Stable expression of modified green fluorescent protein in group B streptococci to enable visualization in experimental systems

Matthew J. Sullivan, Glen C. Ulett

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8 Citations (SciVal)

Abstract

Group B streptococcus (GBS) is a Gram-positive bacterium associated with various diseases in humans and animals. Many studies have examined GBS physiology, virulence, and microbe-host interactions using diverse imaging approaches, including fluorescence microscopy. Strategies to label and visualize GBS using fluorescence biomarkers have been limited to antibody-based methods or nonspecific stains that bind DNA or protein; an effective plasmid-based system to label GBS with a fluorescence biomarker would represent a useful visualization tool. In this study, we developed and validated a green fluorescent protein (GFP)-variantexpressing plasmid, pGU2664, which can be applied as a marker to visualize GBS in experimental studies. The synthetic constitutively active CP25 promoter drives strong and stable expression of the GFPmut3 biomarker in GBS strains carrying pGU2664. GBS maintains GFPmut3 activity at different phases of growth. The application of fluorescence polarization enables easy discrimination of GBS GFPmut3 activity from the autofluorescence of culture media commonly used to grow GBS. Differential interference contrast microscopy, in combination with epifluorescence microscopy to detect GFPmut3 in GBS, enabled visualization of bacterial attachment to live human epithelial cells in real time. Plasmid pGU2664 was also used to visualize phenotypic differences in the adherence of wild-type GBS and an isogenic gene-deficient mutant strain lacking CovR (the control of virulence regulator) in adhesion assays. The system for GFPmut3 expression in GBS described in this study provides a new tool for the visualization of this organism in diverse research applications. We discuss the advantages and consider the limitations of this fluorescent biomarker system developed for GBS.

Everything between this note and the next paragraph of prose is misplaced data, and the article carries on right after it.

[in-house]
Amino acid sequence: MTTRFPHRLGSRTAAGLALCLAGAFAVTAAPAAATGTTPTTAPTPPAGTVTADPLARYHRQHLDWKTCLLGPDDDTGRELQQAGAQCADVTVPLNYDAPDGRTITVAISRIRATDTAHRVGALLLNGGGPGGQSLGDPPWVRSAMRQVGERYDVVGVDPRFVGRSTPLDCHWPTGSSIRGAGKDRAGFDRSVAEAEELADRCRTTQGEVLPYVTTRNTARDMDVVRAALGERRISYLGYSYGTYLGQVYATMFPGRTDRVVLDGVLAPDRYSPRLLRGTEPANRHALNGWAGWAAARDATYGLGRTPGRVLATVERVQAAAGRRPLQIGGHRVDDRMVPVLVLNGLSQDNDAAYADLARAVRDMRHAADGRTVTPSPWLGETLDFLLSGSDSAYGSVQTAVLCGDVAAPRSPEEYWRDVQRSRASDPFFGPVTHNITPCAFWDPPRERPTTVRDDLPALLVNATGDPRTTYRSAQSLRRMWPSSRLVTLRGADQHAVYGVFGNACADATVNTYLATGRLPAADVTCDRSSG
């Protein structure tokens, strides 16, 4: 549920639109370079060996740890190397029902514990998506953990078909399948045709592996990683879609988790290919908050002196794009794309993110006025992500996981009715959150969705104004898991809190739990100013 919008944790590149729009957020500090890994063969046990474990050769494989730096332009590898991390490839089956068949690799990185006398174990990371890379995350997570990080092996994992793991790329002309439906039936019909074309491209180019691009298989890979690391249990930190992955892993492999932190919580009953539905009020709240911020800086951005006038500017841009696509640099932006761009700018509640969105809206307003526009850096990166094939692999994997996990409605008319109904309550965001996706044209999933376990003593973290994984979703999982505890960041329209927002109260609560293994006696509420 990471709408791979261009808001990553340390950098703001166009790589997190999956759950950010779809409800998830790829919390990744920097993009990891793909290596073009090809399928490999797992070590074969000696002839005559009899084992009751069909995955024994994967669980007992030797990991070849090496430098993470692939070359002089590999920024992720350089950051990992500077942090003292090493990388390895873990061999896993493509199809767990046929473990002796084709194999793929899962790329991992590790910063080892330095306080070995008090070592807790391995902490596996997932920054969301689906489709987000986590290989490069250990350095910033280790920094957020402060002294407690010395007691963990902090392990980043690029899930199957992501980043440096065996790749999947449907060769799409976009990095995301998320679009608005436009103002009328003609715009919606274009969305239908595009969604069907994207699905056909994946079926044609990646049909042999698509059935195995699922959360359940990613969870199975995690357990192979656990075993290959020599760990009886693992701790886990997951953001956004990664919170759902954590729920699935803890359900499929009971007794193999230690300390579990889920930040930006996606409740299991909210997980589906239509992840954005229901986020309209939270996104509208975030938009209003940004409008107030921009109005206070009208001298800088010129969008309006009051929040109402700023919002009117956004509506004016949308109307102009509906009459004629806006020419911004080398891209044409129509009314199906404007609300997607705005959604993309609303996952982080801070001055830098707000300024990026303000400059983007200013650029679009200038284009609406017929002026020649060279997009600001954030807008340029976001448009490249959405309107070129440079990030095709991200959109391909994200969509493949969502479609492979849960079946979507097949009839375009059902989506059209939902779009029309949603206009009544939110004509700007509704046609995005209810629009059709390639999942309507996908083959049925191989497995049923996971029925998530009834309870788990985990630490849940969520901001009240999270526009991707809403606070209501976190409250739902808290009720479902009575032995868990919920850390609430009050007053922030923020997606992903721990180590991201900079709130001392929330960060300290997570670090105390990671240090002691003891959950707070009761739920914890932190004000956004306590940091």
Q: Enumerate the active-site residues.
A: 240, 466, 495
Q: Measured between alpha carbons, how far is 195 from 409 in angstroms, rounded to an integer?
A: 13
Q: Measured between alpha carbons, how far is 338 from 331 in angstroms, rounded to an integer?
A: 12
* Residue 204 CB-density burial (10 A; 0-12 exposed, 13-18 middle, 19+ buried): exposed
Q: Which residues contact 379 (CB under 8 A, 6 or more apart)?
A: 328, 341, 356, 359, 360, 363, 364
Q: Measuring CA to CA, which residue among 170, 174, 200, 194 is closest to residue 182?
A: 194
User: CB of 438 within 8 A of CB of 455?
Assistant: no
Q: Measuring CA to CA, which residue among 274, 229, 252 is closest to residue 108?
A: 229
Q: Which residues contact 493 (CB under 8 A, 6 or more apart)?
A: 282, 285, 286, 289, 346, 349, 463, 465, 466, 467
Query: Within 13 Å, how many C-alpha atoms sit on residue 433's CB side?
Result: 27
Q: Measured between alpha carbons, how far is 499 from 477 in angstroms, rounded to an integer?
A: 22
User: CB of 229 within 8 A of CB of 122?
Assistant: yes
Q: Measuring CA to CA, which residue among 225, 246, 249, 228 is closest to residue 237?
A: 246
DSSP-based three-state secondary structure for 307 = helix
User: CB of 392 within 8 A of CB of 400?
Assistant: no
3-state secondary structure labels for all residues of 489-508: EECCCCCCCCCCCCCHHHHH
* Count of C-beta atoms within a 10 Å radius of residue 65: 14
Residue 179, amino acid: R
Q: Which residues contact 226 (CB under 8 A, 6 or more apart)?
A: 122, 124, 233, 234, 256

Original languageEnglish
Article numbere01262-18
JournalApplied and Environmental Microbiology
Volume84
Issue number18
Early online date31 Aug 2018
DOIs
Publication statusPublished - Sep 2018
Externally publishedYes

Keywords

  • Bacterial adhesion
  • CovS/CovR
  • Fluorescence detection
  • Green fluorescent protein
  • Group B streptococcus
  • Streptococcus agalactiae
  • Uroepithelium

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